Set the parameters:

```param <- param.dcm(inf.prob = 0.2, act.rate = 1, rec.rate = 1/20,
a.rate = 0, ds.rate = 0, di.rate = 1/80, dr.rate = 0)
```

You can read the full docs by entering `?param.dcm`.Here’s what each parameter represents:

• inf.prob — Probability of infection between a susceptible and infected person.
• act.rate — Average number of transmissible acts, like shaking hands.
• rec.rate — Average rate of recovery with immunity.
• a.rate — Arrival rate of new susceptible people to the population, like a birth.
• ds.rate — Departure rate of susceptible people, like a death not caused by the disease.
• di.rate — Departure rate for infected people.
• dr.rate — Departure rate for recovered people.

We don’t know many of the rates for sure yet, and for simplicity’s sake, we assume a fixed population where more people are not born or die of other causes (a.rate, ds.rate, and dr.rate are set to 0).

inf.prob probably goes down when we wash our hands properly and frequently, but I don’t know by how much or how well people actually wash their hands.

So for now, we focus on act.rate. By social distancing, we try to decrease that number. We try to bring it as close to 0 as possible, because if the virus has nowhere to go, it’s a lot harder for it to spread.

Set the initial parameters of the population with 1,000 susceptible people, 1 infected, and 0 recovered:

```init <- init.dcm(s.num = 1000, i.num = 1, r.num = 0)
```

Then set the controls for the “Deterministic Compartmental Model”:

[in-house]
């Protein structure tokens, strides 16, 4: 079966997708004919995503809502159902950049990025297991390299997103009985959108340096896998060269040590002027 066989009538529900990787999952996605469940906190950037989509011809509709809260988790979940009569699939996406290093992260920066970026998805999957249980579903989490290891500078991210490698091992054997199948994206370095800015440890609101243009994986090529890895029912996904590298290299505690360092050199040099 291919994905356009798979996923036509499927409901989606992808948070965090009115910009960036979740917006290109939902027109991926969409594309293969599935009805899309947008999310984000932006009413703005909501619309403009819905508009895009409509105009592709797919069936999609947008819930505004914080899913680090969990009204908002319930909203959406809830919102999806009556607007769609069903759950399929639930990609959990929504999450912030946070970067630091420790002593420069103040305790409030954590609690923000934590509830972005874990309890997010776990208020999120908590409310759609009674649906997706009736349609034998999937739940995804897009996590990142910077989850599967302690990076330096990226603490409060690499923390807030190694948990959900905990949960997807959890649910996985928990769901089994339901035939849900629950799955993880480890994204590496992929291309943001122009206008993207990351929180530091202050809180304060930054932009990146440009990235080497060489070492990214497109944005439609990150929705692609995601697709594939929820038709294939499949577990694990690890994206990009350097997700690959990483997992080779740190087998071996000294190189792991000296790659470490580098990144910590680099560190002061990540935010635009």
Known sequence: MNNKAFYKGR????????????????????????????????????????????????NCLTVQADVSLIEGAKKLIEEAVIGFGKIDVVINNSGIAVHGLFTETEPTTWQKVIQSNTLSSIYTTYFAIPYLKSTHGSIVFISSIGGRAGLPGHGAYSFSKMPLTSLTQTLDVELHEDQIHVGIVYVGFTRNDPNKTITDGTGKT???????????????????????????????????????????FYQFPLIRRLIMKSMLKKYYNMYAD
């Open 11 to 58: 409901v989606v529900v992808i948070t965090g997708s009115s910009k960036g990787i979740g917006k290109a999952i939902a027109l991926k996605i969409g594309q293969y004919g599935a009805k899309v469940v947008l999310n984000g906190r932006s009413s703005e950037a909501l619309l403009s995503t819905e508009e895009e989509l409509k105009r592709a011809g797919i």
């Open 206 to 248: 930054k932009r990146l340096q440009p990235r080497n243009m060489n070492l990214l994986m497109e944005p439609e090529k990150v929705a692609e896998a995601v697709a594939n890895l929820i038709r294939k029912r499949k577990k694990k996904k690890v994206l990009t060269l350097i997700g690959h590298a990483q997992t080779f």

```control <- control.dcm(type = "SIR", nsteps = 500, dt = 0.5)
```

I’m out of my element here, so please let me know if I mis-use any of these models.Again we use a SIR model and run the simulation 500 times in 0.5 time unit increments. In this exercise, we’re less interested in actual time units and more interested in the changes.

Run the simulation with the specified model parameters:

```mod <- dcm(param, init, control)
```

Easily access the data by turning the results into a data frame:

```mod.df <- as.data.frame(mod)
```

## Plot

The simulation outputs results for several variables, but for our purposes, we’re interested in the number infected over time.

```> mod.df[1:10, c("time", "i.num")]
time    i.num
1   1.0 1.000000
2   1.5 1.072396
3   2.0 1.150021
4   2.5 1.233252
5   3.0 1.322491
6   3.5 1.418169
7   4.0 1.520750
8   4.5 1.630726
9   5.0 1.748629
10  5.5 1.875025
```

Then use `plot()`:

```# Plot it.
plot(mod.df\$time, mod.df\$i.num, type="l")
```

It looks like a curve: It’s time to flatten it.